You get the point. Historically, the fact you are able to vote in the first place is a pretty big deal, due to the countless sacrifices made by freedom fighters in an ongoing battle to remove the chains of authoritarian tyranny and oligarchy; a battle still ongoing in many parts of the world.

Perhaps you object to voting because the electoral register provides personal details (name, address, telephone number, and age) to third parties (mainly for the purposes of allowing the political parties to send you spam) this is a valid reason not to register; or at least it would be if there weren’t a box on the voter registration forms allowing you to opt out of being in the edited electoral register, whilst still being registered to vote.

Only 27 of 650 MPs are people of colour…

The video points out that the House of Commons consists mainly of straight white males. Only 27 of 650 MPs are people of colour (mostly Labour MPs), 3/30 members of cabinet are persons of colour. Only 147 of 650 MPs are women, 12 of 30 members of cabinet are women. There are 14 openly homosexual MPs, of which only 2 MPs are openly lesbian, and 1 openly openly-bisexual MP.

Traditionally oppressed groups are still poorly represented in Parliament, even if representation is increasing.

Locally, women are being strongly represented. Three of Bristol’s four MPs, and four of the South-West’s six MEPs are women. Also, openly gay Stephen Williams MP and Mayor George Ferguson directly represent the LGBT+ community in Bristol. It is true to say that ethnic minorities are underrepresented both nationally, and in Bristol. However, you can help to change this.

The video touched on the lack of political education in the potential electorate. This issue directly discourages potential voters, particularly younger voters.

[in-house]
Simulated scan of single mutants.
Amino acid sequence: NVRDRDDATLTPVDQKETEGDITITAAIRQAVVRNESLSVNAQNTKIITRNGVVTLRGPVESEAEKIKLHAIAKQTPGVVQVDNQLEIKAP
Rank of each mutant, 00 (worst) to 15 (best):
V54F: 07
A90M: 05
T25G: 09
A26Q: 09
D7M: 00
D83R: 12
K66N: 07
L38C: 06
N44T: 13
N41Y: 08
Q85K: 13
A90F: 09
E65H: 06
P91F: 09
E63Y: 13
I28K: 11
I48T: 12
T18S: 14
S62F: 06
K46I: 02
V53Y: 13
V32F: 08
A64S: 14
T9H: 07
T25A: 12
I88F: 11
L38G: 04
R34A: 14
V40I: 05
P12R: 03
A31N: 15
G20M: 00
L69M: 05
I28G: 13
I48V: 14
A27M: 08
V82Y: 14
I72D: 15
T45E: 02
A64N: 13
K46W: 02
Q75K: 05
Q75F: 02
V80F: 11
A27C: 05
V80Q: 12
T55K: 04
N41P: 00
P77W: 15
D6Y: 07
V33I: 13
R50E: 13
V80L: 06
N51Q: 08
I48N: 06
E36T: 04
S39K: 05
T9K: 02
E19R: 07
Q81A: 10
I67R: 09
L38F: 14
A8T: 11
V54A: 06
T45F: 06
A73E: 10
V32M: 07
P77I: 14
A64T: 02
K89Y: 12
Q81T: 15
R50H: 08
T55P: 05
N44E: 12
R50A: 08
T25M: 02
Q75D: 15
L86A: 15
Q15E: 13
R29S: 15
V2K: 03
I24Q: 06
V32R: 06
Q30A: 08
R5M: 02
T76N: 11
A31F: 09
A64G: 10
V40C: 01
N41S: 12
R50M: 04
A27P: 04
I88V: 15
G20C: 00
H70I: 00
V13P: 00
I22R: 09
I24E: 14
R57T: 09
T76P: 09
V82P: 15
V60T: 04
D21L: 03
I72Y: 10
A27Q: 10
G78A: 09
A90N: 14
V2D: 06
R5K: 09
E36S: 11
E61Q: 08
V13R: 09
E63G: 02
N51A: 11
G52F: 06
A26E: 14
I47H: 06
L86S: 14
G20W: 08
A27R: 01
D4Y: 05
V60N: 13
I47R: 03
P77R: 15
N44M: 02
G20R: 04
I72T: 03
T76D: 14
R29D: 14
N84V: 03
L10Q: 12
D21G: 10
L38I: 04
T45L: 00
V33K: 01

In schools…teenagers should be taught more about politics through the compulsory education of politics in GCSEs…

In schools, a commonly held belief is that teenagers should be taught more about politics through the compulsory education of politics in GCSEs, or by replacing Religious Studies with the broader subject ‘Citizenship’, which would examine religion, ethics, and politics.

The southwest former-MEP, Graham Watson, suggested creating an online balloting system, where as the Stephen Williams MP suggested the reduction of the voting age from 18 to 16, both motions are strongly supported by both Labour and the Liberal Democrats.

Interestingly, the video brought up the idea that politics has become a toy of the privileged children. Knowing students from both inner-city comprehensives and private schools, I believe that a similar level of people understand politics across the classes. I don’t think that political awareness is a class issue, but for all walks of society.

Politicians mostly ignore the lack of public education into politics…

However parliament is home to the privileged elite, 35% of MPs were educated in public schools and 30% of MPs are graduates of Oxbridge.

Politicians mostly ignore the lack of public education into politics; many seem to see that the public has a duty to educate themselves. This attitude is not helped by the long-winded and sometimes pompous nature of political jargon.

So much passive, euphemistic drivel and unnecessary language is used in Westminster that it is quite the challenge to decode the messages behind political talks. In some cases, the language of politician itself is used to hide quite serious messages in dull and seemingly meaningless speeches. The language and actions of the leading political parties Labour, the Liberal Democrats, and Conservatives has lost them much public trust. People believe politicians are lying, and are acting upon it.

Vote for the party whose policies agree with yours and who you feel can trust. If the leading parties do not appeal to you then vote for an alternative party that supports your view, be it The Green Party, or perhaps UKIP.

If no party on the ballot paper appeals to you, you should let the government know…

If no party on the ballot paper appeals to you, you should let the government know, not by abstaining, but by spoiling your ballot (be it by doodling, or writing a strongly worded letter on the ballot paper).

The Electoral Commission have a duty by law to record these spoilt ballot papers, and it separates those who don’t vote because they aren’t represented, and those who don’t vote because they are lazy.

Ideally, the question on whether to vote or not should no longer be a question. And if you do wish to vote in the 2015 general election, for goodness sake please register to vote. If you still feel that you don’t want to vote, please say in the comments section, it would be interesting to see alternate views.

If you want to register to vote, click here

Tweet us @rifemag and let us know your thoughts on voting and any ideas for how we can make politics more accessible…